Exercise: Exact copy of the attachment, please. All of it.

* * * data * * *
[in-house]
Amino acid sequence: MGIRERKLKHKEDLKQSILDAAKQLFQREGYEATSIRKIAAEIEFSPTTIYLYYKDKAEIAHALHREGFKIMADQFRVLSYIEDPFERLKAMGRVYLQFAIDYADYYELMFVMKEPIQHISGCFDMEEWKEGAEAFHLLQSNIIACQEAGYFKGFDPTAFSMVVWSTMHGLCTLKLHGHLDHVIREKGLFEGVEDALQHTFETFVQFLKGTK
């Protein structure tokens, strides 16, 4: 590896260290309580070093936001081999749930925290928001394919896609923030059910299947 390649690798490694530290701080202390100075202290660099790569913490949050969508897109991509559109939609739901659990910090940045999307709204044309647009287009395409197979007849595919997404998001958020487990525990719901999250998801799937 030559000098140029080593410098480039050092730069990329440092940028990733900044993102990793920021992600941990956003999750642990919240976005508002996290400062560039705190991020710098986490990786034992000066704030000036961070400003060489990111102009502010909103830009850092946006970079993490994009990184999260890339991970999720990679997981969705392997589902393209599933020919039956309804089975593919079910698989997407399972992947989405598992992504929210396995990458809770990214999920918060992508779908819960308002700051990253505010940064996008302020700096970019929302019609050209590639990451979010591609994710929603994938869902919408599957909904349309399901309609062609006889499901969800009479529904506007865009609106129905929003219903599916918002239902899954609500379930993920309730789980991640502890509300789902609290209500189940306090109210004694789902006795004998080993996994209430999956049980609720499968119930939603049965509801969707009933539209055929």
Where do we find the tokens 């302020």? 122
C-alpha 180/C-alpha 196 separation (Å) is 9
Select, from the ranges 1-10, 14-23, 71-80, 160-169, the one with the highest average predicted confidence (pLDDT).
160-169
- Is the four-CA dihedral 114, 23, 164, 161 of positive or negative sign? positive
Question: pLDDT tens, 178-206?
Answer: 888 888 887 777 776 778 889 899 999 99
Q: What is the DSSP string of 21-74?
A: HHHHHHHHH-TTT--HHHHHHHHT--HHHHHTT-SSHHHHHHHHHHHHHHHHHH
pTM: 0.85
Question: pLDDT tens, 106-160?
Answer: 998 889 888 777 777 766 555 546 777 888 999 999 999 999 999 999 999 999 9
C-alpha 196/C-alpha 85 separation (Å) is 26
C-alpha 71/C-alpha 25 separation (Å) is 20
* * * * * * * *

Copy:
[in-house]
Amino acid sequence: MGIRERKLKHKEDLKQSILDAAKQLFQREGYEATSIRKIAAEIEFSPTTIYLYYKDKAEIAHALHREGFKIMADQFRVLSYIEDPFERLKAMGRVYLQFAIDYADYYELMFVMKEPIQHISGCFDMEEWKEGAEAFHLLQSNIIACQEAGYFKGFDPTAFSMVVWSTMHGLCTLKLHGHLDHVIREKGLFEGVEDALQHTFETFVQFLKGTK
């Protein structure tokens, strides 16, 4: 590896260290309580070093936001081999749930925290928001394919896609923030059910299947 390649690798490694530290701080202390100075202290660099790569913490949050969508897109991509559109939609739901659990910090940045999307709204044309647009287009395409197979007849595919997404998001958020487990525990719901999250998801799937 030559000098140029080593410098480039050092730069990329440092940028990733900044993102990793920021992600941990956003999750642990919240976005508002996290400062560039705190991020710098986490990786034992000066704030000036961070400003060489990111102009502010909103830009850092946006970079993490994009990184999260890339991970999720990679997981969705392997589902393209599933020919039956309804089975593919079910698989997407399972992947989405598992992504929210396995990458809770990214999920918060992508779908819960308002700051990253505010940064996008302020700096970019929302019609050209590639990451979010591609994710929603994938869902919408599957909904349309399901309609062609006889499901969800009479529904506007865009609106129905929003219903599916918002239902899954609500379930993920309730789980991640502890509300789902609290209500189940306090109210004694789902006795004998080993996994209430999956049980609720499968119930939603049965509801969707009933539209055929």
Where do we find the tokens 């302020």? 122
C-alpha 180/C-alpha 196 separation (Å) is 9
Select, from the ranges 1-10, 14-23, 71-80, 160-169, the one with the highest average predicted confidence (pLDDT).
160-169
- Is the four-CA dihedral 114, 23, 164, 161 of positive or negative sign? positive
Question: pLDDT tens, 178-206?
Answer: 888 888 887 777 776 778 889 899 999 99
Q: What is the DSSP string of 21-74?
A: HHHHHHHHH-TTT--HHHHHHHHT--HHHHHTT-SSHHHHHHHHHHHHHHHHHH
pTM: 0.85
Question: pLDDT tens, 106-160?
Answer: 998 889 888 777 777 766 555 546 777 888 999 999 999 999 999 999 999 999 9
C-alpha 196/C-alpha 85 separation (Å) is 26
C-alpha 71/C-alpha 25 separation (Å) is 20